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Field Marshall Haig: 'The Butcher of The Somme'?

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Introduction

9.3.1 The First World War. Field Marshall Haig: 'The Butcher of The Somme'? A) Study sources A and B. How far does Source A prove that Haig did not care about the lives of his men? Source A is a piece of writing by Haig suggesting that the nations will have to bear heavy losses in order to obtain victory. It is quite possible that this was an attempt to justify the attack he was about to commit so many of his men to. Haig writes that no matter how much equipment and training the army has it will still suffer losses. This cannot however be taken to mean that Haig did not believe in giving his troops every advantage of arms and numerical superiority. It is quite possible that after the experience of the French army at Verdun, Haig knew there would be high casualty figures. Therefore source A is probably designed to cover himself in the political side of things, as it is so ambiguous as to be able to mean several things at once. He held a very senior rank and to get there would require political as well as military skills, this piece can be shown as saying that Haig wants to give his men every advantage to crush the enemy, but in addition to this there is the clear message that to do so will inevitably cost lives. Source B on the other hand is a piece he wrote on the day before, and on the day that the attack at the Somme was launched. ...read more.

Middle

Coppard's piece is also only the experience of one man. It was not necessarily the same all the way up and down the line. However the facts concur with Source C, there were huge casualties, and Coppard tells us about them. Haig says the attack was a success. Yet the only success anybody else seems to think it could have been was with regards to how many of Germany's experienced men it cost them. The evidence is greatly against Haig's report in this instance, and so I conclude that source C is the most reliable as it concurs with what can be proven as fact, that being that large casualties were sustained, the wire was uncut, and that with better preparation many casualties would not have been incurred. C) Study Sources D and E. These two sources are not about Haig and the Somme. How far do you agree that they have no use for a historian studying Haig and the Battle of the Somme? Sources D and E are both comical and are both intended to make people smile as their primary objective. However source E is a politically motivated cartoon from the time, and will also have the intent of putting across a drinks cabinet in Blackadder's opinion. To a historian studying Haig and the Somme, both sources would be of considerable use. They both show popular opinions about Haig, one at the time of the event and the other 80 years later. ...read more.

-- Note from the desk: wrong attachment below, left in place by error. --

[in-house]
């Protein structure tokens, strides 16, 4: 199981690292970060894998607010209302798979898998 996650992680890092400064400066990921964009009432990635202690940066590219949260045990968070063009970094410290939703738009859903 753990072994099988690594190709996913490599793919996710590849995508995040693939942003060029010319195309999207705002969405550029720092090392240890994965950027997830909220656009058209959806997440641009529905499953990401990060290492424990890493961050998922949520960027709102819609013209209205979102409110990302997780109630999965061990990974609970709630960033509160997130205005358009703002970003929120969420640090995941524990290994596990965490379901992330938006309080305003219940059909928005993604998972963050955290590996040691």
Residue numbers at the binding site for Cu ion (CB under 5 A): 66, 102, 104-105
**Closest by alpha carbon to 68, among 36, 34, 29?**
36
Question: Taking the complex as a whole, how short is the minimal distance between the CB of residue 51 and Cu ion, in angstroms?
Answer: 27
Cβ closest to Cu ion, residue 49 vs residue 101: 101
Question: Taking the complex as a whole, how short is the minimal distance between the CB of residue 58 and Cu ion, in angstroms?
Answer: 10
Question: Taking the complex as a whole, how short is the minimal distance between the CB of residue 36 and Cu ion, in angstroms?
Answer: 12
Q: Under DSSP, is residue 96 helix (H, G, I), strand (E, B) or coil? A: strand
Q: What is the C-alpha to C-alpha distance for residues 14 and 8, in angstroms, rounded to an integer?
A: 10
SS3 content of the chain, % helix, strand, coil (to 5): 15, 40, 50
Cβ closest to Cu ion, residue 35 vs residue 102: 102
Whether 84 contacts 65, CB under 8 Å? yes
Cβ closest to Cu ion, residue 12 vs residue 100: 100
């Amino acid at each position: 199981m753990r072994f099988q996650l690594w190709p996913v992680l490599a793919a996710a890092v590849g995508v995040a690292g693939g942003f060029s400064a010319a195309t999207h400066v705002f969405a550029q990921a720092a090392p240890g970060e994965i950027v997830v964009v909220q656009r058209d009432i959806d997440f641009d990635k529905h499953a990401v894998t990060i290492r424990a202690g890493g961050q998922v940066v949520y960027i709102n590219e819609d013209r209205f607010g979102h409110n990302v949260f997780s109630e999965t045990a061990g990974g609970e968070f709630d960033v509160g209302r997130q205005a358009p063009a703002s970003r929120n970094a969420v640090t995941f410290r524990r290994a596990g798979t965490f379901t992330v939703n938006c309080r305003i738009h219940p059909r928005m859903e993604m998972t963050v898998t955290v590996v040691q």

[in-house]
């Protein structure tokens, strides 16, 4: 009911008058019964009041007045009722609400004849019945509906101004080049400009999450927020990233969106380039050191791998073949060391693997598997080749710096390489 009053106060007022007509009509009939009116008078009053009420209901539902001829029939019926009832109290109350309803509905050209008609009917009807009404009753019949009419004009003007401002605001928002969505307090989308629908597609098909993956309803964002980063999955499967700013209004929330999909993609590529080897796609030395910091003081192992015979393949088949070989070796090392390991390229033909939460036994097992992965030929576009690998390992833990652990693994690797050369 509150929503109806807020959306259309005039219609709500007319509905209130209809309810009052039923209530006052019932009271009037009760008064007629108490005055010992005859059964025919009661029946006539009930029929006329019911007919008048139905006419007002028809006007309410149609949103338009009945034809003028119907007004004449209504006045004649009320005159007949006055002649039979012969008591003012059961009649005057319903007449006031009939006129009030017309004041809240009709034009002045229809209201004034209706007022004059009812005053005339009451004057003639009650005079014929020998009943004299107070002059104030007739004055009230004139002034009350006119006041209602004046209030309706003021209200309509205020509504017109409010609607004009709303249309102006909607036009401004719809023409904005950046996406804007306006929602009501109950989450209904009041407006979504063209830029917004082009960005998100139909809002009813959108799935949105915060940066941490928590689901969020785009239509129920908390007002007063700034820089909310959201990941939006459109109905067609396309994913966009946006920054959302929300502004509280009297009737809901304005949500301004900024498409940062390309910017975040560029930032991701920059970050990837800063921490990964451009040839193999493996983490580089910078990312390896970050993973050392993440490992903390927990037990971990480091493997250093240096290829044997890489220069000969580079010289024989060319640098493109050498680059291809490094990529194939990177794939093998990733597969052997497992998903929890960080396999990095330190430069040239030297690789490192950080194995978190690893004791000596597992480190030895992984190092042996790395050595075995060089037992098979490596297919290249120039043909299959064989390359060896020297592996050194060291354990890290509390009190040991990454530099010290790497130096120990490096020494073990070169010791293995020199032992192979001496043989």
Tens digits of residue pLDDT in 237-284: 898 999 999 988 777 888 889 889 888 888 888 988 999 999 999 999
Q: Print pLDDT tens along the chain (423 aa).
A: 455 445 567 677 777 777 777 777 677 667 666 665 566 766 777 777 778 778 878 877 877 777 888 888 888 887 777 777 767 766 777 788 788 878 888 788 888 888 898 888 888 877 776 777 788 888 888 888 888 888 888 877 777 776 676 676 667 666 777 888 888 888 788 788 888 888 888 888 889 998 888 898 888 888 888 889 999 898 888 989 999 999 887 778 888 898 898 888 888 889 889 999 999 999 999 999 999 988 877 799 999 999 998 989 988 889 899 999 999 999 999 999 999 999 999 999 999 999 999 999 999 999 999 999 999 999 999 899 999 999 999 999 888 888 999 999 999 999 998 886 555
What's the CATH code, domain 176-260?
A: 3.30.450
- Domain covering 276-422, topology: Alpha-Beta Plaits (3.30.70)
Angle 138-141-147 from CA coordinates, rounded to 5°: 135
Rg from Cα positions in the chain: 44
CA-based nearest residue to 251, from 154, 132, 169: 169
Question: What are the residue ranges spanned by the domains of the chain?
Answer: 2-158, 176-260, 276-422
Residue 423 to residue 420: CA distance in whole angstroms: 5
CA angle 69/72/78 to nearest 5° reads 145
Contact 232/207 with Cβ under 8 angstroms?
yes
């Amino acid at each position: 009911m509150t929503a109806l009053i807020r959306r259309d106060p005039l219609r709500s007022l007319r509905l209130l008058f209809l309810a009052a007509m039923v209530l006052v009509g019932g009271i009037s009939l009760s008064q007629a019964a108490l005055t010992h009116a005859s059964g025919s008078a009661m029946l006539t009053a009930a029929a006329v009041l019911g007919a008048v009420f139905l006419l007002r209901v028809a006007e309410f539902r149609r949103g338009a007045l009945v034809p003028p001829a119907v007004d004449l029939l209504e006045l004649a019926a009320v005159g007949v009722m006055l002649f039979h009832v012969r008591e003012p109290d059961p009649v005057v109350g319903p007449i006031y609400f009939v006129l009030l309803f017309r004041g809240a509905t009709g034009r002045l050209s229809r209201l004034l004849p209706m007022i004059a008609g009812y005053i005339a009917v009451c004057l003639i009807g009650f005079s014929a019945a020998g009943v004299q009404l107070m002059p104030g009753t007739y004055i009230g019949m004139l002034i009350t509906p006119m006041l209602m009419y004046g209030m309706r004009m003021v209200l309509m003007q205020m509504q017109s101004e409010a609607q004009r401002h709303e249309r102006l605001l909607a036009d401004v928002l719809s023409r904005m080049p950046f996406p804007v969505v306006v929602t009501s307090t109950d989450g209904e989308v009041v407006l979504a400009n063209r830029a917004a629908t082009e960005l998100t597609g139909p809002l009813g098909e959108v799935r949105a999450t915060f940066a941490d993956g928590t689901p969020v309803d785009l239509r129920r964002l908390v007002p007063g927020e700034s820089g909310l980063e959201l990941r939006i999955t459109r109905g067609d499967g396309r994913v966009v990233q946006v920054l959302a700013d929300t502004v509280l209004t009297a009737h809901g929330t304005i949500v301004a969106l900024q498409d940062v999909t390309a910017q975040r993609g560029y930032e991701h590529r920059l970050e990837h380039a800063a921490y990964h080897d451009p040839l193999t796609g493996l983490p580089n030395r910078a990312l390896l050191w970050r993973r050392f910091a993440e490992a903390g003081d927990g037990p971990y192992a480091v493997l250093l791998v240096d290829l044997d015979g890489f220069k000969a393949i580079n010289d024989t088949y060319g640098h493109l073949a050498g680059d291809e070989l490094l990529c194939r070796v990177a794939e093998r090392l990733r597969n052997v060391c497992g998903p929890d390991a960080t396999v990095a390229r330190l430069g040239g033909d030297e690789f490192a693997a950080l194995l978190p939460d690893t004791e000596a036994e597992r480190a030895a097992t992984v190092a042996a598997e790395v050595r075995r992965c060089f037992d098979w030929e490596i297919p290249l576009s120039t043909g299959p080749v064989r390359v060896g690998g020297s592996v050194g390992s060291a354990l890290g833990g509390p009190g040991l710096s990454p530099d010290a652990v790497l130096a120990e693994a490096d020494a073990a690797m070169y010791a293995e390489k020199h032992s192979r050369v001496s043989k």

Conclusion

It is also a possibility that by the time he wrote it, his own memories had become influenced by those of others. And if he rose to the level of General, some of his superiors while he rose through the ranks were most likely supporters of Haig, and would have planted their opinions alongside his own. He begins by saying that the German armies were broken by the courage and resolution of Haig's armies who had complete confidence in him. If this is to be taken at face value, then it is only fair to say that the men would not have had faith in Haig, if he were the donkey portrayed in source F. He also writes that if Haig had not had the moral courage to shoulder the burden of the attack, the war would have turned into a disaster. This is an admission that Haig had to choose between the loss of life his armies suffered, and the loss of the war, and ultimately more loss of life. However that it supposedly took him moral courage to do it does show that Haig thought about it, and that he cared about it. So he was not a stubborn unthinking donkey, who willingly sent his troops to the slaughter. Both source G and H disprove source F.valid political point. Both however agree that Haig would send his men to attack while he was happily tucked away, probably by his ...read more.

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